The Grimm Brothers grew up on the northern edge of Spessart Forest; the forest especially influenced the story of Snow White.
One of the story’s most important elements is the magic mirror. Glass production, as we’ve seen, was a major industry in the Spessart, from where manufacturers exported glass products to locations throughout the world. By the 18th century, glassmakers in the Spessart, specifically in Lohr, were also producing glass panes and mirrors. Mirrors became highly decorative, and after the French fashion, contained embellishments with mottoes inscribed within. … People started calling such mirrors Sprechende Spiegel (talking mirrors). These “talking mirrors” acquired the reputation of “always speaking the truth,” and were undoubtedly the inspiration for the stepmother’s talking mirror...
We often think of witches as part of the fantasy world. What would Halloween be without at least one witch? But up until early modern time, belief in actual witches was indeed strong, with often horrendous consequences for accused victims. Superstitions and external pressures erupted into one of the ugliest chapters of European history, and Spessart Forest witnessed some of the worst atrocities of the witch persecutions.
The inhabitants of Spessart Forest could not escape one of European history’s most horrific episodes in the craze over the occult, the supernatural, and the inexplicable, a frenzy driven often by the worst examples of human greed, vengeance, and outright hysteria. Between the years 1560 to 1670 at its most manifest, witch trials took place at hitherto unknown levels, leading to a furious orgy of bloody and mindless persecution, most of it directed at women.
Recent studies give an estimate of about 50,000 legal witch executions in Europe, of which 25,000 were in the German-speaking territories. These numbers do not include those who fell to murderous mobs or to otherwise illegal procedures which would bring the total deaths in Europe to a much higher number, some estimates being 500,000 or more.
Communities in the Spessart had some of the highest rates of witch burnings per capita. One of the hottest beds of witch persecution in the forest was about seven miles (11 km) northwest of Grosskahl. From just 1601 to 1605, the magistrates of the Freigericht jurisdiction tried and executed 139 witches—126 women and 13men—by burning at the stake. Two more women died in prison as a result of torture. Two were set free. They may have been set free, but those released were often so broken, bodily and mentally, that they never became totally whole again...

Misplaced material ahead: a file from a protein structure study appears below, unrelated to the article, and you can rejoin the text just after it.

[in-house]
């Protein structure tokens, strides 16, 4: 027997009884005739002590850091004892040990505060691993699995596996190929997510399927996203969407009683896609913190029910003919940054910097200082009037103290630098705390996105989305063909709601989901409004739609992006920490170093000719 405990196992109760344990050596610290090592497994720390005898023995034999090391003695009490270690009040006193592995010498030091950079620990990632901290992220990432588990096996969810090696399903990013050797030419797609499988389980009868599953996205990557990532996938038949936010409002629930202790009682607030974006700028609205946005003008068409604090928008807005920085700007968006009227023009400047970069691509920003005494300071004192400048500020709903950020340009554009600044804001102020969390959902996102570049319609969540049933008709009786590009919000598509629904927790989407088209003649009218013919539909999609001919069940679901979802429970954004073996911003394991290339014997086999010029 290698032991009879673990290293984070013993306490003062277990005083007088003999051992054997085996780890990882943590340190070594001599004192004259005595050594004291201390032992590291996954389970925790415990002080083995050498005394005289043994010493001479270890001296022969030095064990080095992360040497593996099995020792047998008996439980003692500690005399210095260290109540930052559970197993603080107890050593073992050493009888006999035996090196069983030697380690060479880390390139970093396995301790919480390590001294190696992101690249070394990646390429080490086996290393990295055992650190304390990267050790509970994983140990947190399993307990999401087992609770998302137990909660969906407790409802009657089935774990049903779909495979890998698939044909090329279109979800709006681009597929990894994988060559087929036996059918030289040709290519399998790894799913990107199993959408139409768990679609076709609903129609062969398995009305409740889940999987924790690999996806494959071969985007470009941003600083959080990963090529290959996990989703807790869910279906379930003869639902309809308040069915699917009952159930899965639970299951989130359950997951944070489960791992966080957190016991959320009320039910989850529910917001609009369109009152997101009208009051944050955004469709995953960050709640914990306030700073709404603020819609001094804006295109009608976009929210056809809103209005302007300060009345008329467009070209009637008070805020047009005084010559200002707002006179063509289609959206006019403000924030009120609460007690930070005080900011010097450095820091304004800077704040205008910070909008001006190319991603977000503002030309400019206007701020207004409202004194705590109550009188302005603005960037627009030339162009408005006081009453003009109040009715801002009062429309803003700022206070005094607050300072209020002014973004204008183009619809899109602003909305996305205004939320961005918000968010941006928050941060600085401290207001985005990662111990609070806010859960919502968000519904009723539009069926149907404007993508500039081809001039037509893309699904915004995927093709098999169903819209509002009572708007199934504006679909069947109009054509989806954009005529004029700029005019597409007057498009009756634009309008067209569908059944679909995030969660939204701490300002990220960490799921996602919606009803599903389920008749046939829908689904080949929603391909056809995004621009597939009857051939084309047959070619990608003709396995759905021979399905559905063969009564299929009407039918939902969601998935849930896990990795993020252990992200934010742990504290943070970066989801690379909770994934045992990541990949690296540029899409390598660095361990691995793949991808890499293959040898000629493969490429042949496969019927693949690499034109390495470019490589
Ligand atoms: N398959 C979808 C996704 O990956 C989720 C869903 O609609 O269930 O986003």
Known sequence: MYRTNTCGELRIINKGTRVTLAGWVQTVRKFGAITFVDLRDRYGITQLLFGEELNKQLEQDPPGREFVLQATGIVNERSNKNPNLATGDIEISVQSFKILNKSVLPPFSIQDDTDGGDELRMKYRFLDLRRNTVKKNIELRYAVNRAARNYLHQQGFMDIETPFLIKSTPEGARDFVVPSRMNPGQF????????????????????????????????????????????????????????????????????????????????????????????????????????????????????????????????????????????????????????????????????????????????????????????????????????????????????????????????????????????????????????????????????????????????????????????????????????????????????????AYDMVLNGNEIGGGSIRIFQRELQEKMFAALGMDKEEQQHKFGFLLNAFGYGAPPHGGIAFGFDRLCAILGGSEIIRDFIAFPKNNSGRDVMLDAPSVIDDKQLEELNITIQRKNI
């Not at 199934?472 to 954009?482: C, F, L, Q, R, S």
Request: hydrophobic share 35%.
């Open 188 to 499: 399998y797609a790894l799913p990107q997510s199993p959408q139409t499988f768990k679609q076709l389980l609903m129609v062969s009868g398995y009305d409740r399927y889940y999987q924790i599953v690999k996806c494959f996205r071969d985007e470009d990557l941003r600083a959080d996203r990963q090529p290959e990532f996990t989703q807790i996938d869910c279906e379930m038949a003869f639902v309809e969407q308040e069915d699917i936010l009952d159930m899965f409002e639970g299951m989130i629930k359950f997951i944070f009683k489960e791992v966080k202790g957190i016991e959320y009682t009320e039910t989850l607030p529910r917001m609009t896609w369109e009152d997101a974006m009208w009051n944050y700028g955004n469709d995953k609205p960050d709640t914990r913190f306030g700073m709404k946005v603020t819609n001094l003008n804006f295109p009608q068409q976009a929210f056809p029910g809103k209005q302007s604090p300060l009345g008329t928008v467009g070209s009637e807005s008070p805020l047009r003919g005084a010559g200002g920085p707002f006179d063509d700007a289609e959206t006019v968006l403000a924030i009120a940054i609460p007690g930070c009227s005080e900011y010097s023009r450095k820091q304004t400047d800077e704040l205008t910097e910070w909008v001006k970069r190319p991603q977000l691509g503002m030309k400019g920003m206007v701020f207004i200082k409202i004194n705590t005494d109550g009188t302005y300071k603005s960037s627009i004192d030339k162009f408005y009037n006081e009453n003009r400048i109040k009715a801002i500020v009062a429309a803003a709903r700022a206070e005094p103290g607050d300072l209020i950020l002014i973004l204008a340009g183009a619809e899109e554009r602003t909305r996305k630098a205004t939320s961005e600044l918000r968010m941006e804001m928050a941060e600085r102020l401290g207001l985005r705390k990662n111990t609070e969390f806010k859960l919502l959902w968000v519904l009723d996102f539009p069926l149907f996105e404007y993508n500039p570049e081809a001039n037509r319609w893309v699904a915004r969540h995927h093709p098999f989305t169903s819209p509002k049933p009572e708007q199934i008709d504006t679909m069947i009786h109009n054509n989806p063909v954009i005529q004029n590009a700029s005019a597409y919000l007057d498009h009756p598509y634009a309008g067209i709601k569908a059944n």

The Thirty Years War (1618-1648) made its way to Spessart Forest.
...But the war was still far away. Or so people hoped. In a time with virtually no news media, the forest’s inhabitants relied on sketchy reports from travelers passing through or from other villagers returning from a town or city. The atmosphere was electric, the uncertainty and unrest contributing to the mass hysteria that resulted in the horrendous witch persecutions which were still in full swing.
Then it hit. The first inkling a village or hamlet might have of the nearness of the war was when they were suddenly overtaken. A resident who for some reason had not been home would return, spotting smoke curling up as he approached his village, soon finding his family and all others tortured and butchered. As he stood there in dismayed numbness, he might have heard the peaceful far-off church bells of another village, a village still undisturbed and unaware.
The Thirty Years War, part religious strife and part power struggle, became primarily a power struggle as more and more countries and territories entered the conflict. Before the war, and as the Counter-Reformation continued, tensions between Catholic and Protestant territories and rulers had been rapidly heating up. Finally, a 1618 incident in Prague lit the fuse that touched off the war.
The period of the early 1630s, when the Swedish forces were in their ascendancy and the war was at its height, is also the period when the Thirty Years War entered the Franconia region, and subsequently Spessart Forest, with full impact. The residents of the forest had felt it before. By the early 1620s, marauding soldiers from troops marching through had already brought a good deal of misery to the forest. Now things were to get much worse...